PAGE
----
Expanding Liberty, Protecting Taxpayers

July 9, 2013 by  

Highlights from the 2013 Session

How was your money spent?:   With the exception of the Obamacare Medicaid expansion pushed through this past session,  the Republican Majority has made tremendous strides in the past three years in balancing the books of the State of Arizona. We are already seeing signs that Arizona is one of a small number of states poised to come out of the lingering recession with solid growth and strong balance sheets.  Budgeting is now required to be done not just for the current fiscal year but three years out.  By FY 2016, we can now predict that Arizona will have a structurally balanced budget.  Leadership in the legislature managed to maintain spending levels, but increase funding in a few key areas.

Total spending increased in FY 2014 by $289.9 million, or 3.35%.

K–12 Education – $99.1 million

DES – $57.4 million

Universities – $30.8 million

School Facilities – $13.8 million

Counties – $7.2 million

In addition, we have held on to the $450 million Rainy Day Fund, put in place last session to prepare us for the next two years’ expected revenue shortfalls.

Sales Tax Reform:  Among the most significant achievements this session was to clean up one of the most convoluted sales tax systems in the country.  HB 2111  makes a variety of changes to the transaction privilege tax (TPT) system:

Single point of collection for all taxpayers. All taxpayers will be able to remit a single TPT return and a single payment like most other states.

A standardized statewide audit system administered by the Department of Revenue (DOR). All multi-jurisdictional audits will be conducted by DOR. Audits of single jurisdictional taxpayers may be conducted by a city auditor who is trained and certified by DOR.

Trade or service providers hired directly by the property owner to maintain, repair, or replace existing property will no longer be subject to the state or city prime contracting tax, but will instead pay retail tax on materials at the point of sale.

Small Business Income Tax Relief:   Retroactive to tax year 2013. HB 2531 allows small businesses to depreciate a greater amount of their purchases which in turn helps them to invest in the economy and hire more employees.  Read how these Tax deductions could jolt Ariz. economy (AZ Republic, July 28, 2013)

Pension ReformThe Legislature continued efforts to reign in underfunded state public pension programs.  This year’s focus was the Elected Officials’ Retirement Plan (EORP). The existing defined benefit system is unsustainable and only 58.4% funded (underfunded by $253 million). Under HB 2608 (EORP; closure; defined contribution), as of January 1, 2014, newly elected officials and appointed judges will be covered by an Elected Officials’ Defined Contribution Retirement System that more closely resembles private sector retirement savings plans. This measure allows the State to pay $5 million annually for the next 30 years to amortize the EORP unfunded liability.

Tax Relief Package:  SB 1179 provides KEY tax relief for consumers and businesses in a variety of areas including • Ignition interlock devices – Destination management services • College Savings Plans Sales of Energy Drinks Biodiesel Fuel Manufacturing Facilities College Savings Plans Qualifying Charitable Organizations Multistate Service Providers

Welfare AccountabilityHB 2205 prevents welfare benefits from being used in liquor stores, in gaming establishments or adult oriented businesses.


Choice & Accountability –  Our State leads the way in school choice. This year the Legislature continued efforts to improve and expand options for students and parents. Arizona is the only state in the nation to have Empowerment Scholarship Accounts (ESAs), which provide options for children in failing schools or those with special needs. This Session, the Legislature expanded the program to include children entering Kindergarten.  SB 1363 also increases the amount of each scholarship.  Accountability for ESAs was improved with HB 2458, which strengthens ESA fraud prevention.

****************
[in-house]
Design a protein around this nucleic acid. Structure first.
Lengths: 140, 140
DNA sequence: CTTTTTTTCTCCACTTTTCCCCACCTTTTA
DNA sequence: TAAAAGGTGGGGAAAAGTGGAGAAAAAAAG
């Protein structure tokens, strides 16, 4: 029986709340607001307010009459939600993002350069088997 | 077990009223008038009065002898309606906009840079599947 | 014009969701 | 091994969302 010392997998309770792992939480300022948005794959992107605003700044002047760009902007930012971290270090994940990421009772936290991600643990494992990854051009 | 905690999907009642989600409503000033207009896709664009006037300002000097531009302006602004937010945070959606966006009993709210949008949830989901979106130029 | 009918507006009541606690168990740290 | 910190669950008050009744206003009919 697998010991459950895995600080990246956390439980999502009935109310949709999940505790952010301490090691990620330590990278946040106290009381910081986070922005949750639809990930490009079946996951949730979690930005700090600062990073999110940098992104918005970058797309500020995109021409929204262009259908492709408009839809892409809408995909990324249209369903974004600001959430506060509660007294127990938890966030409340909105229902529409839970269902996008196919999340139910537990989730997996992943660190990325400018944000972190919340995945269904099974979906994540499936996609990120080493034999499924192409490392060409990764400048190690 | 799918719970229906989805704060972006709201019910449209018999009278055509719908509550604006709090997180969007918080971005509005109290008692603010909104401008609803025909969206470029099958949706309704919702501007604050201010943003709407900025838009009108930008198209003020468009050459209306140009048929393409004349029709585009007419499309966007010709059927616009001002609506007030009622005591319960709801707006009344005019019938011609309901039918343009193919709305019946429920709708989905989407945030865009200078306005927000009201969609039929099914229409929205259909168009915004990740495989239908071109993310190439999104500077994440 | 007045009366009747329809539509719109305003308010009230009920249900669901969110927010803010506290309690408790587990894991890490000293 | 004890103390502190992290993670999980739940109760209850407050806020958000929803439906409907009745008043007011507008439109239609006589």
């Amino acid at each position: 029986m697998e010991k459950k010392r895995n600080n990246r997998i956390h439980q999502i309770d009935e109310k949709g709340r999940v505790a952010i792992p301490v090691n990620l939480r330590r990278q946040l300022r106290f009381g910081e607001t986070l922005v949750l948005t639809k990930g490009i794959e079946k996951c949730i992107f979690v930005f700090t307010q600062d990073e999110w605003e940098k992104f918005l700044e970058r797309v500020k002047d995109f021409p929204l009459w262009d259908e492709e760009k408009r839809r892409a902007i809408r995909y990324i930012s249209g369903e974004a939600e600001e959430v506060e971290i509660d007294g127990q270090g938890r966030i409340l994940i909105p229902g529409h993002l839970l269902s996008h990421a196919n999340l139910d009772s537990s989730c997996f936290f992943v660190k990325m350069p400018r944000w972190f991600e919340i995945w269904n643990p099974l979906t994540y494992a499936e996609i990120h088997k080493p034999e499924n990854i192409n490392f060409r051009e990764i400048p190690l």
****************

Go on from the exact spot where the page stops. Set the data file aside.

Protecting Student Records – The Family Educational Rights and Privacy Act (FERPA) is a federal law intended to protect the rights of students’ education records and applies to all schools that receive funds under a program of the United States Department of Education.  SB 1450  outlines a notification process for school districts and charter schools determined to be in violation of the FERPA.

Elections Reform  –  The voting process is the backbone of democracy.  Upholding the integrity of the electorate system is a core goal of the Republican Majority.  To that end, HB 2305 addresses multiple election reform related issues including • cleaning up the early voting roll  •  preventing early ballot abuse  • modifying  petition signature requirements in alignment with free market ideals and leveling the playing field and initiative & referendum reforms.  Plus, because Arizona’s campaign contribution limits are notoriously low, HB 2593 increases the contribution amounts individuals and political committees are permitted to give and that exploratory committees, candidates and candidate campaign committees are permitted to accept so that free speech is no longer stifled.

Health Care and Families

Transparent health care prices Obamacare implies that health care will miraculously transform into an affordable delivery of services.  However, the Affordable Care Act (ACA) fell short on a key element which empowers consumers – transparency. Patients are not privy to the closed door culture of medical pricing and network development. HB 2045 requires health care facilities to make available upon request the cash prices of the 25 most common services. Hospitals must provide at least 50 of the most common services.  This measure will enable the public to better understand what procedures will cost them should they elect to pay providers directly.

Military Personnel – Removing Regulatory BarriersThose serving our country will be relieved of some of the regulatory barriers to licensure in Arizona through the enactment of HB 2064. Having met the federal licensure requirements relating to medical and dental practice, the bill requires the Arizona Medical Board and the Board of Dental Examiners to issue a training permit so that these military professionals may participate in clinical training programs at civilian hospitals.